9. The Reformation bridged the gap between sacred and secular and thus created a pride in doing one’s work. The Reformers recognized that all that one does, including the daily mundane tasks, can be and should be done for the glory of God (1 Corinthians 10:31). Every vocation is important, not just church jobs. The true teachings of the Bible freed people by breaking down class distinctions (such as the fallacy that church jobs are better than secular jobs) and by putting a final nail in the coffin of feudalism in Europe. Also, knowing that all things are for God’s glory, a door opened for using one’s gifts in all kinds of ways: business and vocational pursuits, economic opportunities, inventions. In pursuing God’s exaltation, people want to work hard for God’s glory in whatever they do, hence the Protestant work ethic was born.
10. The Reformation broke the control the Catholic Church held over kings and rulers.
11. The Reformation ended the economic power of Catholic Church, which paved the way for capitalism and money-lending.
12. The Reformation terminated the oppressive control of science by the Catholic Church and opened the way for real scientific investigation, which has thrived under Protestantism.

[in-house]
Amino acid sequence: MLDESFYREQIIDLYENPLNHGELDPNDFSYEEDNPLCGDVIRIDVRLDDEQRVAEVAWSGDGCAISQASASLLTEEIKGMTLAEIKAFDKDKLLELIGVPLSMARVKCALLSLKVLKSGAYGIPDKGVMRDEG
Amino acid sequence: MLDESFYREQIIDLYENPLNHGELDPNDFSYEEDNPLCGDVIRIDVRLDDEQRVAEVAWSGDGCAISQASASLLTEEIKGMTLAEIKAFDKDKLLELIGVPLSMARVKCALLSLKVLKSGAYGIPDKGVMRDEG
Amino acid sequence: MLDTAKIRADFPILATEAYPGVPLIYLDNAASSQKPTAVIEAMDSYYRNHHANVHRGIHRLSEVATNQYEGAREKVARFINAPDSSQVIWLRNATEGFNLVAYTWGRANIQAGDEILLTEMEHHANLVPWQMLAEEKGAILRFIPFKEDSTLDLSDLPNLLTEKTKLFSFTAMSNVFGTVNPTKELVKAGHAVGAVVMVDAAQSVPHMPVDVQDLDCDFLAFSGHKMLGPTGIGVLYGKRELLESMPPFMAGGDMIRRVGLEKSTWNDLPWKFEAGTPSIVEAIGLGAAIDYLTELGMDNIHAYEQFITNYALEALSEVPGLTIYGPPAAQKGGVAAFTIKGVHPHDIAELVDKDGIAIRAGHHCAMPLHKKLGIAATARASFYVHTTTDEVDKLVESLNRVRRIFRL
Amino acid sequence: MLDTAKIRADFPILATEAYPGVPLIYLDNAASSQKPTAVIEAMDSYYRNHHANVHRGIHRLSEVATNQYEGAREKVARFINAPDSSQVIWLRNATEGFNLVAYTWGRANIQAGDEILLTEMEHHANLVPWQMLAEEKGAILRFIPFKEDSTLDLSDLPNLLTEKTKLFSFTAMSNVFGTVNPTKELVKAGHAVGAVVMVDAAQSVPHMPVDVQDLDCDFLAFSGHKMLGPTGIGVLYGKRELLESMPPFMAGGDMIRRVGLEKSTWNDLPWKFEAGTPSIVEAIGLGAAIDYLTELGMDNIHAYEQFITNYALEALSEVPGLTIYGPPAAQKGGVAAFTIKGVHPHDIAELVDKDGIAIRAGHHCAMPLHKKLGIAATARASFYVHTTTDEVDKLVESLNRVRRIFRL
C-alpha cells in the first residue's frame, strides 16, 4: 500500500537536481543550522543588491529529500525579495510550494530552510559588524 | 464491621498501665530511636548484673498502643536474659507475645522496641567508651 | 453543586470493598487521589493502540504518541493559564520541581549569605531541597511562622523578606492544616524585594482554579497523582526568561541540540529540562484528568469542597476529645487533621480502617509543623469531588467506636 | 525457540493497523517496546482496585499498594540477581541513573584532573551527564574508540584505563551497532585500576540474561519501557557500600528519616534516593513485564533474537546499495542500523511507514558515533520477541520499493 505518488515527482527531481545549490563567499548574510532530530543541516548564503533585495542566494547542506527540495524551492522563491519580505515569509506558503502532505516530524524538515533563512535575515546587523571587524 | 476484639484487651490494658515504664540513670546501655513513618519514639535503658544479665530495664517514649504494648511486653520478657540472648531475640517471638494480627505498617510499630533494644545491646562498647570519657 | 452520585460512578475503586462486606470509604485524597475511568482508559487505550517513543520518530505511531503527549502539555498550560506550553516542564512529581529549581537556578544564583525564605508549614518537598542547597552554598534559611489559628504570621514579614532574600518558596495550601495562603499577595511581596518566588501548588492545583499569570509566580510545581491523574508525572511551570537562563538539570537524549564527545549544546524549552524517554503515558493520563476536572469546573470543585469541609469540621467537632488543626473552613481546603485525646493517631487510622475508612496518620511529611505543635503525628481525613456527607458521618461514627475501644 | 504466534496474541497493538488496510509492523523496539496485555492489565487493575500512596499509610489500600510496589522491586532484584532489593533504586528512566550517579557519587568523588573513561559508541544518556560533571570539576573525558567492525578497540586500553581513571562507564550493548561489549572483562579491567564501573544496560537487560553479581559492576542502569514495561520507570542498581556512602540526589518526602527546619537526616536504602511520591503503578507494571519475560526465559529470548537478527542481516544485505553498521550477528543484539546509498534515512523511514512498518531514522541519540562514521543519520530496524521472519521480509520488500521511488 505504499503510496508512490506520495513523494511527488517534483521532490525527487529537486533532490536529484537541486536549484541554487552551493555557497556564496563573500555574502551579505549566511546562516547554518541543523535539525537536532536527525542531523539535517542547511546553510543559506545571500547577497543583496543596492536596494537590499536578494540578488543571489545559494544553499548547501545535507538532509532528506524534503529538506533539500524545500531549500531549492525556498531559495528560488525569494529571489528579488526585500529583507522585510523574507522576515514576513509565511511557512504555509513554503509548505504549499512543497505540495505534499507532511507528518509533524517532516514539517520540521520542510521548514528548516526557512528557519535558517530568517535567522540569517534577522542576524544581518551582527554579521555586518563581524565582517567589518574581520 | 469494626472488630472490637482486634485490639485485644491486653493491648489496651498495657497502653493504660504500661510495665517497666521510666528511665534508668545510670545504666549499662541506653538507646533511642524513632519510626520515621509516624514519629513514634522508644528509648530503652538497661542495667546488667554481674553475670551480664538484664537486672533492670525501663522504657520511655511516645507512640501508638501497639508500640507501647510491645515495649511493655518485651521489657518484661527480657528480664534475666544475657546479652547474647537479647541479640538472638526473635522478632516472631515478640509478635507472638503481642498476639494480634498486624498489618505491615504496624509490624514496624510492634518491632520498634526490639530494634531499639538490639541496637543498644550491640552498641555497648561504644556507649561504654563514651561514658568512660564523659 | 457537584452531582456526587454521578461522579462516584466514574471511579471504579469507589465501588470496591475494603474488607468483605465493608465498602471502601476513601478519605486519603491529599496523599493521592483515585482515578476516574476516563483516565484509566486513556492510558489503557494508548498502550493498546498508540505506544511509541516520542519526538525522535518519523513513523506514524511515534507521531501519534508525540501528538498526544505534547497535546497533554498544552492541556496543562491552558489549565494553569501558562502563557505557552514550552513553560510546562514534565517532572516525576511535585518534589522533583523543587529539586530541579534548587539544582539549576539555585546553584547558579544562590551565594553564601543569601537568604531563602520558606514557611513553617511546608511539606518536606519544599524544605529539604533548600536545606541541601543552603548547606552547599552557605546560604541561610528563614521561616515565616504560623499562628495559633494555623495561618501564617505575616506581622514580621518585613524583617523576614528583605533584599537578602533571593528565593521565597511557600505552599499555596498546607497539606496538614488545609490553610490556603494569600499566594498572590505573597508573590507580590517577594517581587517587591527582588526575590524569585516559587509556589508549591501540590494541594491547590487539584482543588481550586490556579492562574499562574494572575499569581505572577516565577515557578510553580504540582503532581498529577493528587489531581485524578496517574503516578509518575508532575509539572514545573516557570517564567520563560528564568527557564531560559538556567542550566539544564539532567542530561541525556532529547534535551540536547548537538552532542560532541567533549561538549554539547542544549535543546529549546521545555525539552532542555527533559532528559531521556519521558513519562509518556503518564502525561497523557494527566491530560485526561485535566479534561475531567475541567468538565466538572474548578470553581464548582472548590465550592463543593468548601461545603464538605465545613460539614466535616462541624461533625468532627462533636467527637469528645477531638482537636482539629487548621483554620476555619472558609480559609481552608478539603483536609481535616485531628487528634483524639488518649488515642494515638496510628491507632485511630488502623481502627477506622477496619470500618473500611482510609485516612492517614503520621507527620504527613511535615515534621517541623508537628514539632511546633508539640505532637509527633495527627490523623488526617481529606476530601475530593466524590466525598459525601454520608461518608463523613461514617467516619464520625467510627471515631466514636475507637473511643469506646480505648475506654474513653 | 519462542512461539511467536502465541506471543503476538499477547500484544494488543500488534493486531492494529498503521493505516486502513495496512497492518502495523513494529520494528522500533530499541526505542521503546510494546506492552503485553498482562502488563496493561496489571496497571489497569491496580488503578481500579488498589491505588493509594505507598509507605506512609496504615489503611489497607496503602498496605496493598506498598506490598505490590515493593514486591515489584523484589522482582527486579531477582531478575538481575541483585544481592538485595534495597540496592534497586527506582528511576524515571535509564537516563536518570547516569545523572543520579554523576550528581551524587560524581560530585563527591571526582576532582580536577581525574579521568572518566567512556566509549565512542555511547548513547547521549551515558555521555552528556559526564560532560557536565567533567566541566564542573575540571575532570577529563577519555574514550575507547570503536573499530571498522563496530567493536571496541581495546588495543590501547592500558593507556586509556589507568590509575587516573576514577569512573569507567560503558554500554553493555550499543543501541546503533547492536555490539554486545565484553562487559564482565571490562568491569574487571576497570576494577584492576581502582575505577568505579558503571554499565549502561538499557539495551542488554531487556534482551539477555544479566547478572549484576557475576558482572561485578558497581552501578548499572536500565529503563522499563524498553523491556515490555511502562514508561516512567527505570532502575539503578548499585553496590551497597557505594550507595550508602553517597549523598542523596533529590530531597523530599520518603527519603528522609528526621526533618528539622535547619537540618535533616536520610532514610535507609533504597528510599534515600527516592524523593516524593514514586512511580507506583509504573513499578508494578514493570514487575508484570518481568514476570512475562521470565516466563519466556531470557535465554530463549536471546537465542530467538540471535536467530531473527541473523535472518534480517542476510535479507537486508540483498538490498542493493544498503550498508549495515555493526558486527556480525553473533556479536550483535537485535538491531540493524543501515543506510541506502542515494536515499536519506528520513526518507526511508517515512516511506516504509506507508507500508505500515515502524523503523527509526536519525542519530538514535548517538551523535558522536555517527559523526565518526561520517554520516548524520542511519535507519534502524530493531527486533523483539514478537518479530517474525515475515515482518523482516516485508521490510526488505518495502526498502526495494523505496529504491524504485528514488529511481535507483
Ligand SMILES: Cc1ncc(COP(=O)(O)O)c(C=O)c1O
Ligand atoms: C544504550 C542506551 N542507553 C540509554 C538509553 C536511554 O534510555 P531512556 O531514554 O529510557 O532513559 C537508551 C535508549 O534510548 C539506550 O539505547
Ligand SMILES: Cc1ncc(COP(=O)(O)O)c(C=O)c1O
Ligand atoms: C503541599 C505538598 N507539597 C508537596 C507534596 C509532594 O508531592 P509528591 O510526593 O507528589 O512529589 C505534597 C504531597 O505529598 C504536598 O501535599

13. The Reformation gave credence to individual conscience and the permission to follow the dictates of individual conscience.
14. Products of the Reformation, the Pilgrims and Puritans (many of the founding groups of America) were Protestants, and so they established America on Judeo-Christian principles.
15. The Reformation inspired the government of the United States of America, which is patterned after the Presbyterian form of government. Presbyterianism is a representative form of government after which the Protestant church denomination is named. (Elders and deacons are elected to represent the church members and thus, the church members do not vote on every issue.)
What a heritage to celebrate! Yet, many Christians miss the opportunity to remember what we have been saved from, instead choosing to participate in Halloween, for they remember the cute, fun times they had as kids with dressing up and trick-or-treating. Certainly it is not wrong to have a little fun. But Halloween is rooted in pagan superstitions and all that the Reformation freed us from and has been increasingly returning to the exaltation of the culture of death which America now embraces.